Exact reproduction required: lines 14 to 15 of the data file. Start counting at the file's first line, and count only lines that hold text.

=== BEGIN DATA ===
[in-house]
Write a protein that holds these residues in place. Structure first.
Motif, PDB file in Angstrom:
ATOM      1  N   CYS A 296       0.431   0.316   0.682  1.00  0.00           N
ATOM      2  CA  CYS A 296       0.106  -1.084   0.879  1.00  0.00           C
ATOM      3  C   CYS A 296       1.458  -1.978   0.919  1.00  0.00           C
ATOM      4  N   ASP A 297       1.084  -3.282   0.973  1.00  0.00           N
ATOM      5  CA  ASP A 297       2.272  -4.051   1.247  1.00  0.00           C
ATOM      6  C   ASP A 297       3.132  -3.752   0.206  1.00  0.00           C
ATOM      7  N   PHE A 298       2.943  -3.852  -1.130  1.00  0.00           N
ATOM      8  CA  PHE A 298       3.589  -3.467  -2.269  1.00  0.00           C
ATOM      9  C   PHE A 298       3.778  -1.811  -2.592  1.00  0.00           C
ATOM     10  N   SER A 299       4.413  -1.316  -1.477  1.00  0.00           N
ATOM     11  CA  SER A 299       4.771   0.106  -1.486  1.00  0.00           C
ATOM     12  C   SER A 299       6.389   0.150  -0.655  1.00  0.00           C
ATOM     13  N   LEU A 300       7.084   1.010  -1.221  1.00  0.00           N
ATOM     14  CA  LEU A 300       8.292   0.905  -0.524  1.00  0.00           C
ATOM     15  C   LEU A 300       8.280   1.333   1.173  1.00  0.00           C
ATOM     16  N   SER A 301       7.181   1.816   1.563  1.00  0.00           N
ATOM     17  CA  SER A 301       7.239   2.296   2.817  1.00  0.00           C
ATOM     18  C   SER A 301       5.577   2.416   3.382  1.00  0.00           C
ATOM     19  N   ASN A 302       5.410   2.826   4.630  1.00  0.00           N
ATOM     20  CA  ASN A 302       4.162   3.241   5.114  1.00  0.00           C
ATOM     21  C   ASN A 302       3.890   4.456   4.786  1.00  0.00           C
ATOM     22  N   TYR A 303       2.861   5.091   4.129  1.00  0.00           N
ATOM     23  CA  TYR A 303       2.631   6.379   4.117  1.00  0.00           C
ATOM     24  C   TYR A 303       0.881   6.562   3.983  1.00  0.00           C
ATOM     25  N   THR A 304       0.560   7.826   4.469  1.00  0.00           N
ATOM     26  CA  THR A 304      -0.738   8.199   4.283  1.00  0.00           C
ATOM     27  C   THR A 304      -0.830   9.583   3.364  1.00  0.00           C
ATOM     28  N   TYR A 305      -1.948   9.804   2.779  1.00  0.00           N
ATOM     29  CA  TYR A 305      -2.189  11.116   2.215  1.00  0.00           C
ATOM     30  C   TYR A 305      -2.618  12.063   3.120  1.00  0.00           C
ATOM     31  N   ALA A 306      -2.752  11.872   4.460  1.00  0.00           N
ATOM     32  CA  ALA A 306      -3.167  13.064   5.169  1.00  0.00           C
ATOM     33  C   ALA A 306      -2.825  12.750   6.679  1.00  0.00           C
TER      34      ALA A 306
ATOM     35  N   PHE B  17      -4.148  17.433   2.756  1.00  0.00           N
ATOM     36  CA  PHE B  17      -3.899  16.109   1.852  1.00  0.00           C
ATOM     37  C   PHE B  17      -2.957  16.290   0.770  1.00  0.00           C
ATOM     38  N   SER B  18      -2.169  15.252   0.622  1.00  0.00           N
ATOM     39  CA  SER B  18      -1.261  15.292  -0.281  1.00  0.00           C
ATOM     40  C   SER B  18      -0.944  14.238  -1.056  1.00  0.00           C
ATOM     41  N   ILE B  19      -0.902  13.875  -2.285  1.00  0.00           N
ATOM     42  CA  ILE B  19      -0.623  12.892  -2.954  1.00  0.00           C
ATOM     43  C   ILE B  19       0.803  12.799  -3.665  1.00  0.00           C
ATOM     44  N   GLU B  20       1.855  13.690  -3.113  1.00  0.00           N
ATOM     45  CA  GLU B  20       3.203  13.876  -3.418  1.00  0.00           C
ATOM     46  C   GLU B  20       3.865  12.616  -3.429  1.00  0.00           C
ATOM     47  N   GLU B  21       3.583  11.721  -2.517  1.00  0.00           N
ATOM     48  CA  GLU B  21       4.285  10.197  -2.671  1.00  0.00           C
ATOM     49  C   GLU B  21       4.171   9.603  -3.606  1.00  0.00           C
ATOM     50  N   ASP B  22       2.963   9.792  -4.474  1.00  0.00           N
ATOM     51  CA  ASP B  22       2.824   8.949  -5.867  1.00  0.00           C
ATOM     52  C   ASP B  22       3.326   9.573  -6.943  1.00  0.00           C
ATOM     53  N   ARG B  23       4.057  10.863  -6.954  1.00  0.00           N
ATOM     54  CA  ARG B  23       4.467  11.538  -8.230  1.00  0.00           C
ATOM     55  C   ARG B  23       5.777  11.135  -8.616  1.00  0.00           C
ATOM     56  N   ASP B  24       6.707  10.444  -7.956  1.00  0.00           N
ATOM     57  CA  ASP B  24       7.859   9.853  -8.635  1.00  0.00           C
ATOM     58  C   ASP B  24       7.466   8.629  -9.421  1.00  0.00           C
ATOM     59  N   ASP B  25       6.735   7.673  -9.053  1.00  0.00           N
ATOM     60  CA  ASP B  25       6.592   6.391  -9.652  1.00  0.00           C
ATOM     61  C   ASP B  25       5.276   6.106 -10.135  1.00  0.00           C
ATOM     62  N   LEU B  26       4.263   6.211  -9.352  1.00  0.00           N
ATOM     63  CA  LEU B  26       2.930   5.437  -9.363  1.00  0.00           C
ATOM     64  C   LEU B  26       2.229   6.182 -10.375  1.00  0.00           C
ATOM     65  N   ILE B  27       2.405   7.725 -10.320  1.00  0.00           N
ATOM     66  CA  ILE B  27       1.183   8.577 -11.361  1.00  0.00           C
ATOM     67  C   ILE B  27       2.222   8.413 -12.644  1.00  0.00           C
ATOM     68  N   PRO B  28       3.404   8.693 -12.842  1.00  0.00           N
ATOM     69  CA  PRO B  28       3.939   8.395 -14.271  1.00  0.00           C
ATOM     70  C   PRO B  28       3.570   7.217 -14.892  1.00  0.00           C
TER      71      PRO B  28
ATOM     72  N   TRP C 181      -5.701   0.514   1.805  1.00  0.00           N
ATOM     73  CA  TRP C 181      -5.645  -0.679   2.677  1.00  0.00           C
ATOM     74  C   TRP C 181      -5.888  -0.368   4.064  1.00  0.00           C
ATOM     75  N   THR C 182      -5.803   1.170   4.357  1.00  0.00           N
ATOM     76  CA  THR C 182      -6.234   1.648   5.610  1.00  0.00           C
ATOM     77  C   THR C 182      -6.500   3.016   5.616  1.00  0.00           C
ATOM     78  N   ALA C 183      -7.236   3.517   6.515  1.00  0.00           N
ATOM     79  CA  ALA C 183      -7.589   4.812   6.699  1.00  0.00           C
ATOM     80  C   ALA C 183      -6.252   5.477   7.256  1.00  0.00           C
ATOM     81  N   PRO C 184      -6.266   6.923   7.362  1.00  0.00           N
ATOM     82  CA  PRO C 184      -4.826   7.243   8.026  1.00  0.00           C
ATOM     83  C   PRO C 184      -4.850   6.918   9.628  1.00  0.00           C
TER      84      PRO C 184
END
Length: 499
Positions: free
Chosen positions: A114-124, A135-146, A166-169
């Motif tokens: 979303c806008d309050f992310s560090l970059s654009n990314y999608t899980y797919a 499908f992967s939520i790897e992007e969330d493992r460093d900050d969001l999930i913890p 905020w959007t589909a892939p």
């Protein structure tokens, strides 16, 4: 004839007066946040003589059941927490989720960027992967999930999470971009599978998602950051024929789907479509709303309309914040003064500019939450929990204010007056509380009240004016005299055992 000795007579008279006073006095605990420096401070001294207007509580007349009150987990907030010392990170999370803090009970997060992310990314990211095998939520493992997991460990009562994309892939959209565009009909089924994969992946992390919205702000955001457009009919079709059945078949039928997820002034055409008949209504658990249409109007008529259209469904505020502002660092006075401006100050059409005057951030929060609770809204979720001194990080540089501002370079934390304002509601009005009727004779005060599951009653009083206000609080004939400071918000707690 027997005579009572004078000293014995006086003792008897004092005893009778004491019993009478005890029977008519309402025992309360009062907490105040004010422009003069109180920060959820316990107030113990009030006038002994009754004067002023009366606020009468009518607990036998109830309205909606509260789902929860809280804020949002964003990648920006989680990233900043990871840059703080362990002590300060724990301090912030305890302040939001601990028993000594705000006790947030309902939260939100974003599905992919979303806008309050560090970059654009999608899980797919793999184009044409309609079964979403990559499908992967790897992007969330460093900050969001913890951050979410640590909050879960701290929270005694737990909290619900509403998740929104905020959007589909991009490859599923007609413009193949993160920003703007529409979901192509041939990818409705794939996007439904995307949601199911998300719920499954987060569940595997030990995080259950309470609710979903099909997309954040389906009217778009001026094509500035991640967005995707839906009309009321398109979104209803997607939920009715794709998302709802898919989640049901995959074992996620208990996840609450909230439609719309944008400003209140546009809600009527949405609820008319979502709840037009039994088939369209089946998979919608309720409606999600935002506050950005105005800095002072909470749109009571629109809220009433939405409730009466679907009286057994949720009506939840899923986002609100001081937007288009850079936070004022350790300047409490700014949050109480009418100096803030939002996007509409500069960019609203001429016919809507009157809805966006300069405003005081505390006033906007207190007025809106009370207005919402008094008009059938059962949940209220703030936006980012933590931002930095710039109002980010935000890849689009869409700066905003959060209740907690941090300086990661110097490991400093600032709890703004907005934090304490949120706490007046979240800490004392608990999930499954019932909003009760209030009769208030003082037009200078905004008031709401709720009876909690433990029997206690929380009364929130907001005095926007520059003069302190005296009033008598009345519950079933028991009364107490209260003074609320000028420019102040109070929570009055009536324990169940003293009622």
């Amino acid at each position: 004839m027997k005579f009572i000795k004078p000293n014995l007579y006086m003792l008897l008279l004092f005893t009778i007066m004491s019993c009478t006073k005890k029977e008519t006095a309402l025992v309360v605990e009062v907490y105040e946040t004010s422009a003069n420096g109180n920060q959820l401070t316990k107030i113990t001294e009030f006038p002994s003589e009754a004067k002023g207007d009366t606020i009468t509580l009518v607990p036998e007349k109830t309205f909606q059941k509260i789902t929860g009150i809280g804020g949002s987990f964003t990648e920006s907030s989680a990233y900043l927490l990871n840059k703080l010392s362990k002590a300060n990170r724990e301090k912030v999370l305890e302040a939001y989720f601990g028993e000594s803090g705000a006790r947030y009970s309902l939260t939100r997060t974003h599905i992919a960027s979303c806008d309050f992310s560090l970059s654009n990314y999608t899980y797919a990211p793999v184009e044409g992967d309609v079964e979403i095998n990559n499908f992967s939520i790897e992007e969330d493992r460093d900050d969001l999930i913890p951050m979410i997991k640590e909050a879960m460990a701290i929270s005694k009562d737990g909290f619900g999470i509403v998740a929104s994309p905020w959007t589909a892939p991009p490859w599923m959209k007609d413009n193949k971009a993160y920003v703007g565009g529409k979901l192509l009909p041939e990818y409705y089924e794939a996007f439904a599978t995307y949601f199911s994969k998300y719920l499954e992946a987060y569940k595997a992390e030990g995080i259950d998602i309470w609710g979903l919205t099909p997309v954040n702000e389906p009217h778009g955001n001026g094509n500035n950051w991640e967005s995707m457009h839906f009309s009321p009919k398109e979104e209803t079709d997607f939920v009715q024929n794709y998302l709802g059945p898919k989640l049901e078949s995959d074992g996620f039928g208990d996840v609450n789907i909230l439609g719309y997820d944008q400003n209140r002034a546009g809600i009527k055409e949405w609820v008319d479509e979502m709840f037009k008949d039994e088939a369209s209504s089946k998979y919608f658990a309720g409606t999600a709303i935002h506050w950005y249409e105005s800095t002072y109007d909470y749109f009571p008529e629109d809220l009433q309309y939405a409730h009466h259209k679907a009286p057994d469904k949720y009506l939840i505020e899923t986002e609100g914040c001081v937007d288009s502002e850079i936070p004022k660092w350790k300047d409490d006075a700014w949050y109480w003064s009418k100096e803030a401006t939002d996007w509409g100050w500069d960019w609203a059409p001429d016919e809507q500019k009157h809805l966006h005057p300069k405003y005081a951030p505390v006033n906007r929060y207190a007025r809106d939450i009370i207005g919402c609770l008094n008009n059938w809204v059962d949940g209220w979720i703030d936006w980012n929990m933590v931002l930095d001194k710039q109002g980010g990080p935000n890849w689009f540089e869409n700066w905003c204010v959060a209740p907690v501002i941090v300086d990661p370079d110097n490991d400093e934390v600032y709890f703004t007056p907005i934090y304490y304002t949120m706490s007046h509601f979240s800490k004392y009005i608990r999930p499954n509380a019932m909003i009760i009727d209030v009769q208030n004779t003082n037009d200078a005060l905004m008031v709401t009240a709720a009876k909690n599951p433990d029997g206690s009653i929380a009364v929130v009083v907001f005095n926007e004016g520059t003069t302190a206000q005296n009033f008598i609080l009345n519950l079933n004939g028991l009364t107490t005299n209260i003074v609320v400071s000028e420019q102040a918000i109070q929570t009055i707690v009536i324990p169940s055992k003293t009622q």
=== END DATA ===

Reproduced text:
ATOM     11  CA  SER A 299       4.771   0.106  -1.486  1.00  0.00           C
ATOM     12  C   SER A 299       6.389   0.150  -0.655  1.00  0.00           C